According to the U.S. Department of Commerce, a new form of business incubation program has recently emerged: international business incubators provide the same set of entrepreneurial services as a typical incubator, but they also provide a “soft landing” for international firms seeking to enter the U.S. markets.
These types of incubators often provide specialized services. For example, the University of Florida’s soft landing program helps both domestic and international firms integrate into the Central Florida business community. The program helps with short-term leased office space, networking with the Central Florida business community, domestic market research, and provides access to experts on legal, government, regulatory, and press and media matters.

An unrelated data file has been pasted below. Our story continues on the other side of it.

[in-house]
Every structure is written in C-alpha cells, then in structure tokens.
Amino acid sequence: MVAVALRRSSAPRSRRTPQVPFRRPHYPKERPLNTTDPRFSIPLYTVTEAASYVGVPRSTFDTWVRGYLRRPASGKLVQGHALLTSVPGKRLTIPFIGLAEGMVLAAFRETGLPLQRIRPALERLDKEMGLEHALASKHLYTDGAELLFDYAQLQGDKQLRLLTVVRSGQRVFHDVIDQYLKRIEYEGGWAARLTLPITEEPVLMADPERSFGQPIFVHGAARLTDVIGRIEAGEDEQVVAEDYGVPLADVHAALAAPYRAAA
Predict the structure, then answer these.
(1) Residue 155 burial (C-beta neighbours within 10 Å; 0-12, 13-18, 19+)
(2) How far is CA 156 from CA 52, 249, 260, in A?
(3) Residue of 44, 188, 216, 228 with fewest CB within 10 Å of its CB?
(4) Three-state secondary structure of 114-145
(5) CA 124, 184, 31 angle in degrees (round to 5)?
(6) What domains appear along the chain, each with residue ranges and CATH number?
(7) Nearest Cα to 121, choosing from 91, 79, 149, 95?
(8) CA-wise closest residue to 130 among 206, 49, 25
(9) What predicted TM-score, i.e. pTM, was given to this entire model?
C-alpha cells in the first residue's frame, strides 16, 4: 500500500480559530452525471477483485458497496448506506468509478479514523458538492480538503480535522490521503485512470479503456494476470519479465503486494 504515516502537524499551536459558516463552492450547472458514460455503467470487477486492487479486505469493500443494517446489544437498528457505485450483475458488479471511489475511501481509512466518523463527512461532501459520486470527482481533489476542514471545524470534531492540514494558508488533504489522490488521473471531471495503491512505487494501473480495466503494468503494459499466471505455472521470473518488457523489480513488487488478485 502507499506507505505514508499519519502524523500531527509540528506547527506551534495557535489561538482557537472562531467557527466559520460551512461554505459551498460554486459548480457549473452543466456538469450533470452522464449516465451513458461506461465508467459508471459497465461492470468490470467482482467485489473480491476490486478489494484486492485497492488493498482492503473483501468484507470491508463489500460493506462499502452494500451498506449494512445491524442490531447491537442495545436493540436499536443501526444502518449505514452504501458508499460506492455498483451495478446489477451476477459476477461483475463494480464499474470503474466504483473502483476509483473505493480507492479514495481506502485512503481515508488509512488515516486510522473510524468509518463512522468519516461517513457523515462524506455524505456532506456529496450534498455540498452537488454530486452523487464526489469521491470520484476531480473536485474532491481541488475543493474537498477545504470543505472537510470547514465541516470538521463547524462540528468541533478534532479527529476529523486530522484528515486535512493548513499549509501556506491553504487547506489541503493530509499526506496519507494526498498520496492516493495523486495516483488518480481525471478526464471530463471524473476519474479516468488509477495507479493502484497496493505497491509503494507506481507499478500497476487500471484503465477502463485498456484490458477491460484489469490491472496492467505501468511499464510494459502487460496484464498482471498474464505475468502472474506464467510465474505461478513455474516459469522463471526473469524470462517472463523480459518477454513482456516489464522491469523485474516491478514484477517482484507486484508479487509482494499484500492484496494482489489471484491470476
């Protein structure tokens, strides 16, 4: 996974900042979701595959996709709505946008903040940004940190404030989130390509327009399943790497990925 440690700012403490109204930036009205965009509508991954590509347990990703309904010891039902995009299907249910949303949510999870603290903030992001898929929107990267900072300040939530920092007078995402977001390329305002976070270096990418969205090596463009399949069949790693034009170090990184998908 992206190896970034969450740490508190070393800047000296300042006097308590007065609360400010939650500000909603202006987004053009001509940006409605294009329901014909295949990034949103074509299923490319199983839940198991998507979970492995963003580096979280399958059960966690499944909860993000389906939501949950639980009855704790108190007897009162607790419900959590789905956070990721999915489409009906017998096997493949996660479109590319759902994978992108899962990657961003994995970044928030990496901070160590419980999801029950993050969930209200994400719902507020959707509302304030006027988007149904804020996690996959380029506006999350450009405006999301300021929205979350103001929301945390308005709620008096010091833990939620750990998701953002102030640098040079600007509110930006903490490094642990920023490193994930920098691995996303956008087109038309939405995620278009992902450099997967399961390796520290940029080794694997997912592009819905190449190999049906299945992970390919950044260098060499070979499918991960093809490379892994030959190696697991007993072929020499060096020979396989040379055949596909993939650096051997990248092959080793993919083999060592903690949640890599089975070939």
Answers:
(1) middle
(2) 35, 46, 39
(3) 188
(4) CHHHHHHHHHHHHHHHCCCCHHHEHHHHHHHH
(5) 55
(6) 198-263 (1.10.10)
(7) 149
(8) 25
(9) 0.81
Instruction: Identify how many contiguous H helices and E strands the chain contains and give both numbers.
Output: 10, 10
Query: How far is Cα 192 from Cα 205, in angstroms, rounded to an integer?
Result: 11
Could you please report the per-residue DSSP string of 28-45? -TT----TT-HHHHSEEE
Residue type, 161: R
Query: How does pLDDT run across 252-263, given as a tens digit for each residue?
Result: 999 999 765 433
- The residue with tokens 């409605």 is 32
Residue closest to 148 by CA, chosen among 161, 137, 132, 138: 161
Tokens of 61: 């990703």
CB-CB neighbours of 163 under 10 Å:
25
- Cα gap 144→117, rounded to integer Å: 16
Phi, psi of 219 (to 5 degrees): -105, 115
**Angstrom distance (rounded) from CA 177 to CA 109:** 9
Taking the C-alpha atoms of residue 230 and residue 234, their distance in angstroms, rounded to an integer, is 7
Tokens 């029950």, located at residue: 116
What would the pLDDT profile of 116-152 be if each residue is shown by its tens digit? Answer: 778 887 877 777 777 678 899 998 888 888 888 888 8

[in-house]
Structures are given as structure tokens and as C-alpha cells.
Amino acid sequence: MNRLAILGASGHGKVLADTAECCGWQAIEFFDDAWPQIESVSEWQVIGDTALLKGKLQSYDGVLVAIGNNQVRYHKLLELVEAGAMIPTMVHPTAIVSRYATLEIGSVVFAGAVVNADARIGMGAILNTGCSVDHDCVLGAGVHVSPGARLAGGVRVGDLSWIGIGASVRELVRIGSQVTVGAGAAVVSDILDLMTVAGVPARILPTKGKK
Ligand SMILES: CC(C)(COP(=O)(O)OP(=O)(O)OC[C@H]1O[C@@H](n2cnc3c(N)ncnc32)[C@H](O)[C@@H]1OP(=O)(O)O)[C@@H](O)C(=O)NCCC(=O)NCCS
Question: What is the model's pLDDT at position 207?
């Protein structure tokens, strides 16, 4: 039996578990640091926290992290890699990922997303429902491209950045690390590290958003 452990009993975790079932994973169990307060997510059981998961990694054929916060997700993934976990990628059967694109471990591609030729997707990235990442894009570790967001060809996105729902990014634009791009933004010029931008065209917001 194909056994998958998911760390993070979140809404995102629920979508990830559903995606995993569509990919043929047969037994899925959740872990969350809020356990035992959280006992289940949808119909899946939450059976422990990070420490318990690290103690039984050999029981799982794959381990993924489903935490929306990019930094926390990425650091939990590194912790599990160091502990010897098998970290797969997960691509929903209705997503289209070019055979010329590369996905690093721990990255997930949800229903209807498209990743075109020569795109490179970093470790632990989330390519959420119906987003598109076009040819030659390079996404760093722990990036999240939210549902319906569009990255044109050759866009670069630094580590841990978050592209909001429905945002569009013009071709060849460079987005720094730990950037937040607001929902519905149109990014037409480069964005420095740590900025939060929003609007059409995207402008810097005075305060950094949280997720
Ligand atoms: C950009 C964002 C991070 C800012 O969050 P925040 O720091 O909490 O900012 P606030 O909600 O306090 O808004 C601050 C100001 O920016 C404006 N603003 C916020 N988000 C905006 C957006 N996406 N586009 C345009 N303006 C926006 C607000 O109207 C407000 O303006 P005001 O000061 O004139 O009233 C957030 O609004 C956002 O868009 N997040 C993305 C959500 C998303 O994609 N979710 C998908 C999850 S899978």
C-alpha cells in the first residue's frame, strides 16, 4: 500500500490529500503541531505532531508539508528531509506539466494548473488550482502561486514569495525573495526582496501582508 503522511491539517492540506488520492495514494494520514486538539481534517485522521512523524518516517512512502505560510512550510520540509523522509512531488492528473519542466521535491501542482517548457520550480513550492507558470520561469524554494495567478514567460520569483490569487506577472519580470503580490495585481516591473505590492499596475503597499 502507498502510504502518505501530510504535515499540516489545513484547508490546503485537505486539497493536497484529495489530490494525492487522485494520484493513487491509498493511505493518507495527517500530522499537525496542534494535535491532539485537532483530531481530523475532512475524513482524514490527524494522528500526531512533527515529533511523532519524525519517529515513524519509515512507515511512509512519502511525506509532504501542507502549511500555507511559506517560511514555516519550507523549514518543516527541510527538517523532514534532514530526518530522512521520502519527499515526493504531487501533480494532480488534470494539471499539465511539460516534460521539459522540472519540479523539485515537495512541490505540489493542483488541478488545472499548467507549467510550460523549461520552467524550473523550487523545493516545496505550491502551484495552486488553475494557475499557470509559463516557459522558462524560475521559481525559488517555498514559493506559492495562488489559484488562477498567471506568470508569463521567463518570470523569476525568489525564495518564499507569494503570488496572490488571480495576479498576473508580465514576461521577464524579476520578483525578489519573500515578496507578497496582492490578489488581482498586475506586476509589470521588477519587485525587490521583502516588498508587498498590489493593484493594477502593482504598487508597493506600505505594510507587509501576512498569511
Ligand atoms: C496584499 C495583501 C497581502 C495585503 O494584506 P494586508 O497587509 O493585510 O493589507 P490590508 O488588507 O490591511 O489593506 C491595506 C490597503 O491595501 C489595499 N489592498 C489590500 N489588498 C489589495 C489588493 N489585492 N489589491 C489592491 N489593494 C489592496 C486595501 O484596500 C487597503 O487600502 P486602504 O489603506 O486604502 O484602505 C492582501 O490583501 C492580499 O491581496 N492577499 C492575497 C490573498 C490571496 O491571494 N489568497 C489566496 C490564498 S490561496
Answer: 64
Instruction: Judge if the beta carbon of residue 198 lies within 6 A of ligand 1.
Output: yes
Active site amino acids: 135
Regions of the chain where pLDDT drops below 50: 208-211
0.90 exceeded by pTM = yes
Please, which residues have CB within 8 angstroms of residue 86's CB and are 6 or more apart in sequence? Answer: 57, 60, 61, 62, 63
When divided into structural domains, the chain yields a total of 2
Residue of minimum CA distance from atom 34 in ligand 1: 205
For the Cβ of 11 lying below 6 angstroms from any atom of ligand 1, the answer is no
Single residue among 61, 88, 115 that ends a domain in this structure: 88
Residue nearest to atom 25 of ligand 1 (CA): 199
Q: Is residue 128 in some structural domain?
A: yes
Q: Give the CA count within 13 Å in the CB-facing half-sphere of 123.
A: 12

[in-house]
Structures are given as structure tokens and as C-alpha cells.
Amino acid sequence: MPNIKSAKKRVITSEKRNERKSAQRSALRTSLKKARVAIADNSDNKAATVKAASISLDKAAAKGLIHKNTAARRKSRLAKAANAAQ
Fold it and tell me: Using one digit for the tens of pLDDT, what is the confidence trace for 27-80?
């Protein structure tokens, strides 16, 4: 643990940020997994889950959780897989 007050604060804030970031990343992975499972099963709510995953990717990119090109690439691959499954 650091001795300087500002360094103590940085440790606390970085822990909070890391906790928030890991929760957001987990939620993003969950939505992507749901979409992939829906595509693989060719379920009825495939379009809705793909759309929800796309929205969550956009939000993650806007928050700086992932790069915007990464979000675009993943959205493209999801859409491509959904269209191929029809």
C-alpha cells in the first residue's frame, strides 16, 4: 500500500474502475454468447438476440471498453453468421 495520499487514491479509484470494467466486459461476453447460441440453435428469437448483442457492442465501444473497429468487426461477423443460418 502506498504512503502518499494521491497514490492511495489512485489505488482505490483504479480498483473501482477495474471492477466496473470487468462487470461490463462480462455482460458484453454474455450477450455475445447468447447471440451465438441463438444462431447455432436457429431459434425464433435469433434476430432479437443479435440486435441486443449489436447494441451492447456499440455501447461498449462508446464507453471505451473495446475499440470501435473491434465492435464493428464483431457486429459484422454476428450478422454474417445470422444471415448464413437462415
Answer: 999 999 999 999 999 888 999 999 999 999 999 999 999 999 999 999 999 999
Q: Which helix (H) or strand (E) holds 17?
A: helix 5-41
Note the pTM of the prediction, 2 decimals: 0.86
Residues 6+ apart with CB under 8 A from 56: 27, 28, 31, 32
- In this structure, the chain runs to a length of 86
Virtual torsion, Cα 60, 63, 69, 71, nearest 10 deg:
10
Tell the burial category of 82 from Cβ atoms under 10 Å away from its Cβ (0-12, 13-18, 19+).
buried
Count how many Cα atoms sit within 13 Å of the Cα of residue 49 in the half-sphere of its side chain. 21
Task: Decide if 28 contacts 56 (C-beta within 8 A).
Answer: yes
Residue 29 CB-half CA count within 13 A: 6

The University of Toronto has partnered with the Chinese firm Diantou.net to help companies who are entering the lucrative Chinese market. According to The Impact Centre at the University of Toronto center, Diantou.net will “provide start-ups with legal, marketing and other support services” while the Toronto center will offer entrepreneurship course to Chinese students, researchers, and startups.
Other similar incubators offer translation services, language training, assistance with documentation such as obtaining business and driver’s licenses, cultural training, assistance with visa and immigration, and housing assistance.
Types of Business Incubator Tenants
Just as there are different incubator types and models, there are also different types of tenants who may or may not be viable participants in one or more of the incubator models. A lot depends on the support and the resources that the host company is willing or able to provide and whether the startup is in the same industry vertical as the sponsor.